Maori Name: Pāua
Latin Name: Haliotis iris
Length: 12.5–18cm (12.5cm legal minimum shell size for harvest)Family:
Paua belong to the Haliotidae family (abalones).
Related species include Yellow-foot paua (H. australis) and Virgin
paua (H. virginea). H. australis is widespread around New Zealand in small numbers. It has a pale yellow-brown shell. The foot is pale yellow with a black rim. H. virginea is similar to H. iris but the foot is white. Four subspecies are found between North Cape and the Sub-Antarctic Islands.
They are widespread around the New Zealand coast. Found from the intertidal zone down to approximately 15 metres.
The commercial fishery for paua dates from the mid-1940s. In the early years of this commercial fishery the meat was generally discarded and only the shell was marketed. However, by the late 1950s both meat and shell were being sold. Most of the current commercial catch is from the Wairarapa coast southwards with the major fishing areas located in the South Island, Marlborough, Stewart Island and the Chatham Islands. In most areas paua can only be harvested by free diving. In addition to catch limits, there are limits on the size of paua that can be harvested. In many areas these have been voluntarily increased by commercial fishers to improve the fishery. Paua abundance is assessed by MPI as being stable in some areas, while in other areas catch limits have been reduced when required and abundance is increasing.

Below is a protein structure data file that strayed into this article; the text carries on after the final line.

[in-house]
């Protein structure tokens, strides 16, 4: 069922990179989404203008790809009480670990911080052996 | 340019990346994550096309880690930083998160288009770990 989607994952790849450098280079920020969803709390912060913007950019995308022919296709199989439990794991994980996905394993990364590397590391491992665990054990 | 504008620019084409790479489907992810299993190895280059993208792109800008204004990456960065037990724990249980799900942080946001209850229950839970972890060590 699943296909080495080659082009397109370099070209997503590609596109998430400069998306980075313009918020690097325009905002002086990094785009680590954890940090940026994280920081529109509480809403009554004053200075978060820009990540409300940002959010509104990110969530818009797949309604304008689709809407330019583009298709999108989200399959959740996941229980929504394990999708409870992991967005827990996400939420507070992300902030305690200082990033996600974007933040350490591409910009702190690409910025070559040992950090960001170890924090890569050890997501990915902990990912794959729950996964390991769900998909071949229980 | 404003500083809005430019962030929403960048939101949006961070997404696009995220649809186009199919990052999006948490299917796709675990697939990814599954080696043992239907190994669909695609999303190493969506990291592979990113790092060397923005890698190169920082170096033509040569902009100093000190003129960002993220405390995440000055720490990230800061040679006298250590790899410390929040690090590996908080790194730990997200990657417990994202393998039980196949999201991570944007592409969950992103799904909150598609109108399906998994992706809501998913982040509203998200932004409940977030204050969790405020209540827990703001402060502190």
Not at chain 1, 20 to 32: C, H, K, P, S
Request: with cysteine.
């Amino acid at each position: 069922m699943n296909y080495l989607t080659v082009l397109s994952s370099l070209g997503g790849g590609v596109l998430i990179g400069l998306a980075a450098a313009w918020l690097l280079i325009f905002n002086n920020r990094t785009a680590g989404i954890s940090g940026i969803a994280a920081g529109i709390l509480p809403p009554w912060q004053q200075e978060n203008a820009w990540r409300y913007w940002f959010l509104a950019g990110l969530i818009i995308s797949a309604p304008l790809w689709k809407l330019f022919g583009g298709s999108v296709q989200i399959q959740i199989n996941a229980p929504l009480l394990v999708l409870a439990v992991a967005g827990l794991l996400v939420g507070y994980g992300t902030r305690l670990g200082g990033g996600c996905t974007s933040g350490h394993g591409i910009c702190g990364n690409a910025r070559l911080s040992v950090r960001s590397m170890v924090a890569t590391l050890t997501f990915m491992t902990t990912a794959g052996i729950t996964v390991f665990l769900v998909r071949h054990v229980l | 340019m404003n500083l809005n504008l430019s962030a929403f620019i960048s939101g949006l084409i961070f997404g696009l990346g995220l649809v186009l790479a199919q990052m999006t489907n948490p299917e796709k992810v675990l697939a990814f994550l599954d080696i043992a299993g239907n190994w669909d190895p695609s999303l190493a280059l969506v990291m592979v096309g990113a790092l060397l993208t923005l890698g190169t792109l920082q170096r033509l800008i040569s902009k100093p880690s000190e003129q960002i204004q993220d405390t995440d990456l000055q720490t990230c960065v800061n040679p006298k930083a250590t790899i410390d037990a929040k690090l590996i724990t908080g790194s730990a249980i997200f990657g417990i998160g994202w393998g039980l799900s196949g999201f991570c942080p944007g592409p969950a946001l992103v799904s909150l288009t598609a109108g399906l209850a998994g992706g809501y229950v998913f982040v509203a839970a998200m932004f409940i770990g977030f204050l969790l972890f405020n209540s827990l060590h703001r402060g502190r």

They are harvested year-round, mainly from the Kaikoura and Southland coasts, Stewart Island, and the Chatham Islands. Only Paua over the minimum size limit may be taken by divers who are restricted to using snorkelling equipment.
The secret to tender paua is to gently ease it out of the shell and cook quickly on a high heat with a light, gentle touch. If overcooked, the texture of paua can become rubbery. The colour will change and edges will begin to curl when the paua is cooked. Paua can be tenderised by a variety of methods. Light pounding with a metal hammer or par-boiling for a few minutes in steaming (but not boiling) water are popular options. Grill, stir fry, saute, bake, poach in a seafood broth,barbeque or use in a Kiwi classic: paua fritters.
Paua shells, as well as meat, are highly prized. People now also successfully cultivate Paua pearls - provided they can keep Paua stress levels low!
Paua is a good source of Iodine, Iron, Vitamin B12, Selenium and Copper; and a source of Phosphorus, Magnesium, Potassium, Riboflavin (vitamin B2) and Niacin (vitamin B3).
Seafood is a highly nutritious food and is a great source of protein. Many species are low in saturated fat and a number of them are a good source of Omega 3.